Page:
Backlogs in most of the green card categories are a tremendous hurdle in the U.S. immigration system. But there is a solution. Through regulation, the DHS can clarify that derivative family members issued immigrant visas are not to be individually counted against the immigrant visa quotas established by the Immigration and Nationality Act. Rather, only the principal beneficiary of the approved I-140 or I-130 should be counted against the immigrant visa caps. This would help tremendously in reducing the colossal backlogs.

4. Expand the Online Filing System

It is time that the USCIS finally move completely into the digital age and allow for the use of electronic filing for all or at least the majority of applications and petitions for immigration benefits. This would help streamline the U.S. immigration system. It would also reduce USCIS rejections for missing signatures, wrong place of filing, incorrect fee amounts, requests for additional evidence, and denials due to filing deficiencies.

5. Eliminate the Bridging B-2 Requirement

In 2017, the USCIS imposed a policy requiring that individuals applying for a change from B-1/B-2 to F-1 status maintain valid status until within 30 days of a deferred program start date, as opposed to the actual start date requested in the initial application. This “B-2 bridging” policy was expanded to encompass all applications for change of status to F-1 in 2018. This change has been both costly to applicants and a drain on USCIS resources. It is not based on any law or regulation and should be eliminated entirely.

Conclusion

These recommendations submitted by the Murthy Law Firm to the DHS would not solve all the problems with the U.S. immigration system. However, they would go a long way to creating a better, fairer system that meets the needs of our modern world. A copy of the full letter submitted to the DHS can be found on MurthyDotCom.

 

Copyright © 2021, MURTHY LAW FIRM. All Rights Reserved

The post Murthy Law Firm’s Comments on Barriers to USCIS Benefits and Services appeared first on Murthy Law Firm | U.S Immigration Law.

Teleconference: Litigation Trends

Wed, 06/02/2021 - 21:00

Recent immigration litigation trends, including how litigation strategies are changing with the Biden Administration, are the topic discussed by Murthy Law Firm attorneys in this teleconference.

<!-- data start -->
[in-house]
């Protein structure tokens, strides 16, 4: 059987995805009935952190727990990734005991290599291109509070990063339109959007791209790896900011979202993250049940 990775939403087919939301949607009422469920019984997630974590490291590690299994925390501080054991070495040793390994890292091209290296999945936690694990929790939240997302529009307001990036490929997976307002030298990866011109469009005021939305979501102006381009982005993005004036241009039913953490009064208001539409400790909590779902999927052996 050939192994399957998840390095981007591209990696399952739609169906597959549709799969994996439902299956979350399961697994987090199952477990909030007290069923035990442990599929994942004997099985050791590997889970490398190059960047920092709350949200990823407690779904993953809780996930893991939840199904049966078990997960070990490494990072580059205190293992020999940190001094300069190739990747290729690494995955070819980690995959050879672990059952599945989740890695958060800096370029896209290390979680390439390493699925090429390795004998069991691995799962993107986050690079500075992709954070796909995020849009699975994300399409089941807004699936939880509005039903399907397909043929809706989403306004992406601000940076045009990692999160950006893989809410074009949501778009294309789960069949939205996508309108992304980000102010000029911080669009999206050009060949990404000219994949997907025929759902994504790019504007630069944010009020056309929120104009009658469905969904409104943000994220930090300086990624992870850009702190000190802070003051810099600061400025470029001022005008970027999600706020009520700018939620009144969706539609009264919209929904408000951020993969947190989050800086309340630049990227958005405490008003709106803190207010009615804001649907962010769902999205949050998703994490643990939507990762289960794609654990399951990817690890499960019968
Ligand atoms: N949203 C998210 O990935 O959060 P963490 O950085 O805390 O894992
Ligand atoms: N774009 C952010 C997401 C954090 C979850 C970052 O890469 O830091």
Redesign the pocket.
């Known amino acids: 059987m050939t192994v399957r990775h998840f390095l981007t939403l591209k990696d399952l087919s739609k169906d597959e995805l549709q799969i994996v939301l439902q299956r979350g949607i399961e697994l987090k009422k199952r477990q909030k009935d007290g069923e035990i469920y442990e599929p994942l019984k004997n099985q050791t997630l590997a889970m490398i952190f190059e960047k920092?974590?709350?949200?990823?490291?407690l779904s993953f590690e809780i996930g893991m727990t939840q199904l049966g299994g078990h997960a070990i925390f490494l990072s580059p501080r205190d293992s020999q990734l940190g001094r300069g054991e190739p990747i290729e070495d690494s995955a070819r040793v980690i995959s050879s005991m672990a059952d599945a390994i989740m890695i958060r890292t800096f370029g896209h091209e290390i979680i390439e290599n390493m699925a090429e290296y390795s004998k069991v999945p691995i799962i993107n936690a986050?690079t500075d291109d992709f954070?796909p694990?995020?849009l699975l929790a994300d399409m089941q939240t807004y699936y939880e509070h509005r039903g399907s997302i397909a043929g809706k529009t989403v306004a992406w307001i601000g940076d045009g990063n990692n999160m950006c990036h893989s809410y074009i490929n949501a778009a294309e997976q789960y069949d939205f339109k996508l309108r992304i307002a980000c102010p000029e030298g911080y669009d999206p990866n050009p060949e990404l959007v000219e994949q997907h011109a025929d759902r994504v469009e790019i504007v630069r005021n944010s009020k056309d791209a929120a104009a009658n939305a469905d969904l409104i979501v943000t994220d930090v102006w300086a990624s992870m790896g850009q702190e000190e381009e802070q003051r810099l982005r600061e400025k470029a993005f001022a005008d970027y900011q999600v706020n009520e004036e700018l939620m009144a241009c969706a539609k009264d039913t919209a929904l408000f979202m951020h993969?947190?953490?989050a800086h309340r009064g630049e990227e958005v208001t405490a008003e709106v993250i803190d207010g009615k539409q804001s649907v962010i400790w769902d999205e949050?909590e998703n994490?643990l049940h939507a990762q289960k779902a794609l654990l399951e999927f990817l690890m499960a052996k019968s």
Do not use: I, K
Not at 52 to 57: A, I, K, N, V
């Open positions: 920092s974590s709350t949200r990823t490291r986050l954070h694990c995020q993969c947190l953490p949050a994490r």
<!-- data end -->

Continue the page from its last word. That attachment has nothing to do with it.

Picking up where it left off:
Employers and their representatives are invited to participate in the teleconference scheduled for June 02, 2021 – another in this series designed especially for them. Find out how to register here.

 

Copyright © 2021, MURTHY LAW FIRM. All Rights Reserved

The post Teleconference: Litigation Trends appeared first on Murthy Law Firm | U.S Immigration Law.

Tips for Documents to Prepare in Anticipation of Priority Date Becoming Current

Mon, 05/31/2021 - 16:02

It can take years for a foreign national to be granted status as a lawful permanent resident (i.e., “green card” holder) through one of the employment-based categories. This is especially true for applicants born in one of the heavily oversubscribed countries, notably India and China. So, as one’s priority date draws closer to becoming current, the last thing that person wants is further delays caused by lack of documents necessary to file the application to adjust status (form I-485).

Original Birth Certificate for Adjustment of Status

To file for adjustment of status, submission of birth documentation is required. This birth documentation usually takes the form of an official birth certificate that, ideally, was issued shortly after the applicant was born. However, if an individual does not have a birth certificate, alternate documentation will be necessary. Similarly, if the person has a birth certificate, but it does not meet certain requirements, such as not containing the complete biographical information, or not having been registered within one year of the birth, additional evidence of one’s birth likely will be needed.

Alternate Birth Documentation Vary by Country